CEES congratulates Professor Heim for receiving the 2011 Outstanding Contribution to Scholarship from the American Association of Teachers of Slavic and East European Languages!
AATSEEL Outstanding Contribution to Scholarship 2011:
Michael Heim, University of California, Los Angeles
Michael Heim has been a legendary figure in more languages, across more cultural communities, and in more high-profile “confrontations” than any other Slavist of his generation. The scope of his translation and mediation activities is astounding. He has worked actively in over a dozen languages — Russian, Czech / Slovak, Croatian / Serbian, French, Spanish, German, Dutch, Danish, Norwegian, Swedish, Italian, Latin, Romanian, Hungarian, now and then even Chinese from an undergraduate major in East Asian Studies — and to each he brings a mastery of its literary and intonational registers. The depth and gentleness of his mentoring to students at UCLA has continued throughout this astonishing steady-state productivity.
Heim’s standing in the field is not, however, due only to his “products,” that is, to the page-proof side of things. With Michael Heim it is always the whole person, engaged up to the hilt. He was there — an active participant — during scandals over the “Englishing” of Vladimir Nabokov and of Milan Kundera, both world-class writers with world-class egos, possessive about their work. Kundera’s treatment of Heim in the nasty controversy over English versions of The Joke was shocking. Yet our translator, at the time a young vulnerable academic, kept his calm and served the interests of the text and its readers.
Heim was indispensable in launching and legitimizing Czech studies in this country, making that marvelous literature available in authoritative and captivating translations (his closest competitor is perhaps William Weaver in Italian). And Heim has never backed off when a cultural crisis threatened to become political in a controversial way. A case in point is the Gunter Grass controversy in 2007-2008, over that Nobel-Prize-winning novelist’s youthful membership in the Waffen-SS. As the translator of Grass’s memoirs, Heim weighed in thoughtfully on the debate.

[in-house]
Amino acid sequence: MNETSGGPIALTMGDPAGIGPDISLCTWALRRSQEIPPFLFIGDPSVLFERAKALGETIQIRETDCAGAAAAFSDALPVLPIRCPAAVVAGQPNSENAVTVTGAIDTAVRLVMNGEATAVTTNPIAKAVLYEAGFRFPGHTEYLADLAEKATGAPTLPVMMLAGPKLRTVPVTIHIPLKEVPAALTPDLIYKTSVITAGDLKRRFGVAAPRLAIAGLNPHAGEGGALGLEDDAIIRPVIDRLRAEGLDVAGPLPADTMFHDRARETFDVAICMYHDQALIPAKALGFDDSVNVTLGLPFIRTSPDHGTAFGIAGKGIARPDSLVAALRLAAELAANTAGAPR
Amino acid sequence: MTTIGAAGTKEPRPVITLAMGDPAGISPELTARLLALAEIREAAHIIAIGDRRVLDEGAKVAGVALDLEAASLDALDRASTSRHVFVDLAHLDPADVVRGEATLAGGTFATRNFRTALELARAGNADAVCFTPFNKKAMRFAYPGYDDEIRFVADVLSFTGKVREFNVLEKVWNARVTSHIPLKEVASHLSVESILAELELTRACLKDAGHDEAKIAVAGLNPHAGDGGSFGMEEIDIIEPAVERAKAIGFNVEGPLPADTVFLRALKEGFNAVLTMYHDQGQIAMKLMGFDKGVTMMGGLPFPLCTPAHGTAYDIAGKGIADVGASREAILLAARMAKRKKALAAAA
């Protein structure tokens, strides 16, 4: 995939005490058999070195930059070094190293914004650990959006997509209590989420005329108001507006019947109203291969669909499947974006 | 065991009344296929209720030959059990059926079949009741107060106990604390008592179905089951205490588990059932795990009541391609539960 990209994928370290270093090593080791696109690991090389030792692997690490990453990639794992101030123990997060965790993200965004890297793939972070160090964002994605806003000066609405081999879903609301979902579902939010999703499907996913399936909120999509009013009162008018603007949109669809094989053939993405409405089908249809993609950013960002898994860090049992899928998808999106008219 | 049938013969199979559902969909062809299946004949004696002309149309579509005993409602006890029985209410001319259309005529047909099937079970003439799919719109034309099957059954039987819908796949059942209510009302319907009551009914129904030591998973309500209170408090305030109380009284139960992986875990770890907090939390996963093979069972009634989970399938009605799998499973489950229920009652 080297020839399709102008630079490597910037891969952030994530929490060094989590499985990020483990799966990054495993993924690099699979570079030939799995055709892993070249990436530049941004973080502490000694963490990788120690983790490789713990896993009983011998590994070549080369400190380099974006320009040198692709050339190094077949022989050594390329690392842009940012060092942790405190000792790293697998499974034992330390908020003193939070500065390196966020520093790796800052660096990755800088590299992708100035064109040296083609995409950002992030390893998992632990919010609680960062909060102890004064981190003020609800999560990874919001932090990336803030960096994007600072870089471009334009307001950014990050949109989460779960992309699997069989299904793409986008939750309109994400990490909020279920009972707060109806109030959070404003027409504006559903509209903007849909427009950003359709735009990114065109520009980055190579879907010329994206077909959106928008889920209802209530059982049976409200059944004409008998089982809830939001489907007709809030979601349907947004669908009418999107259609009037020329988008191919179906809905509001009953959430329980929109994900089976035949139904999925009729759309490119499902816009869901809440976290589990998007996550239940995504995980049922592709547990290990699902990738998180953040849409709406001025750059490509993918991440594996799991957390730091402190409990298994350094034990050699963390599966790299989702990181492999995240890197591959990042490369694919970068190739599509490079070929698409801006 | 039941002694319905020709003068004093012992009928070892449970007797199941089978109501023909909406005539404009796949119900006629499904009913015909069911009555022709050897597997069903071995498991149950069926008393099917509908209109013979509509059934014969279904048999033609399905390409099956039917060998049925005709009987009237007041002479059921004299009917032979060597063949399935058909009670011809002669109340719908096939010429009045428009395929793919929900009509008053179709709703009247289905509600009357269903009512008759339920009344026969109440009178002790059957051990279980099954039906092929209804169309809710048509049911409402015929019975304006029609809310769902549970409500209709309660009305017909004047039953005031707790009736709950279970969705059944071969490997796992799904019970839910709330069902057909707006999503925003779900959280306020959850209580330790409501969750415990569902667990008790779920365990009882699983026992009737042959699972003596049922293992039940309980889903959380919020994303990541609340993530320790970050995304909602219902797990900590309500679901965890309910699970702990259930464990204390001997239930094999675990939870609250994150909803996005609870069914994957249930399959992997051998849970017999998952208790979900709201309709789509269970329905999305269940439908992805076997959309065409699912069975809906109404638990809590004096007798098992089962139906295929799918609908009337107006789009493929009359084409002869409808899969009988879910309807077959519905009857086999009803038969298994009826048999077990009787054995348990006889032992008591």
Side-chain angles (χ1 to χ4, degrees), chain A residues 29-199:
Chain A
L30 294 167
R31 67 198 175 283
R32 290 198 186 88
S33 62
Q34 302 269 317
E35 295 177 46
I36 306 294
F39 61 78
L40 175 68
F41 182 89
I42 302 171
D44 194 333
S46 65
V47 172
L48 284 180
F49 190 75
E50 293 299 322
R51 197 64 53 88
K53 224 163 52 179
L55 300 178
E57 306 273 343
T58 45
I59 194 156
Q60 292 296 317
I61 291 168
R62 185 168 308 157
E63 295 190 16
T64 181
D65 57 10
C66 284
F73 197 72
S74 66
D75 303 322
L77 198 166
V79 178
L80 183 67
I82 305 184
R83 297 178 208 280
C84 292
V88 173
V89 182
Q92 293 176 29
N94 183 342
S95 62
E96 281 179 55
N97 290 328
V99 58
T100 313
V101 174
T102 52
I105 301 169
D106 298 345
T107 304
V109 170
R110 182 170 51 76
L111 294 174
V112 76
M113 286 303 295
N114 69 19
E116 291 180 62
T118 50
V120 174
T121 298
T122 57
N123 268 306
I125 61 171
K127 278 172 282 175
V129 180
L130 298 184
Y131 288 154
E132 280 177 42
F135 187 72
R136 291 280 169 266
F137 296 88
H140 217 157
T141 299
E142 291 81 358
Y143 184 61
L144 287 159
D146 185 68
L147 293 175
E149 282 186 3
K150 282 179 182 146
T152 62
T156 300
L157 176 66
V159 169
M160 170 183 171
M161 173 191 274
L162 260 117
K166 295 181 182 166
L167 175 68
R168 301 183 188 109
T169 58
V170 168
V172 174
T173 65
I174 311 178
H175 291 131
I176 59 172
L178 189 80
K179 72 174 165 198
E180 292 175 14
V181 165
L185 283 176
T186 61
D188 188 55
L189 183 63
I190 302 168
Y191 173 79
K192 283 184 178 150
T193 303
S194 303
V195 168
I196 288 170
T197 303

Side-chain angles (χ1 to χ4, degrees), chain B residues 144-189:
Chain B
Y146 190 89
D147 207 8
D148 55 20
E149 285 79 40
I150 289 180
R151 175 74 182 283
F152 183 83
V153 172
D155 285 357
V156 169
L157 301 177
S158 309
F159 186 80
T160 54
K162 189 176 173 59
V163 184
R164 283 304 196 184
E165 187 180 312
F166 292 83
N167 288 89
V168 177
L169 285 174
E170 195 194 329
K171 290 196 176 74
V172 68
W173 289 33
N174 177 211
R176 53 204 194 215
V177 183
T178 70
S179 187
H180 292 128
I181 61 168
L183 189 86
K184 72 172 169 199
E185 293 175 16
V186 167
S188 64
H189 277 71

Heim’s versions of Chekhov’s dramas, which began to be staged in the 1970s and were published in 1999 as The Essential Plays, have stood out in an ocean of competitors. His Kundera, Capek, and Hrabal are unmatched in their droll, prosaic, understated humor; and his capture of the novelistic voice of Dubravka Ugresic, simultaneously cynical and nostalgic, is magical. But there is also a piercingly lyrical side of Heim, when the text and topic is right (his fashioning into English of Predrag Matvejevic’s Mediterranean: A Cultural Landscape is a wonderful example).
Michael Heim is not “merely” a translator, of course, although his most stunning virtues as scholar and critic arise from that polylingual expertise. “Theory” per se does not interest him and he does not need it. He has the skills to work with primary materials. When Heim does comment at one remove from the primary text — on Bohumil Hrabal’s sense of estrangement, for example, or on Central Europe as both fragmented and universal — this commentary always has a solidly inductive flavor to it, steeped in sounds and contexts close to the ground. His long association with the international writers’ organization PEN and especially with its collective of Central European translators, at first traumatized by mandatory service to the Soviet Empire and then orphaned by the demise of that Empire and its reliable commissions, is emblematic of his human role in the liberation of Middle Europe from its masters on both sides.
A good translation, they say, reflects not just words but whole behaviors. Most of us can barely behave in our native tongue, with native-born equipment. Michael Heim “behaves” in fifteen different literatures and cultures, making them all available to one another. We are proud to recognize this world-building achievement.
Published: Monday, January 30, 2012
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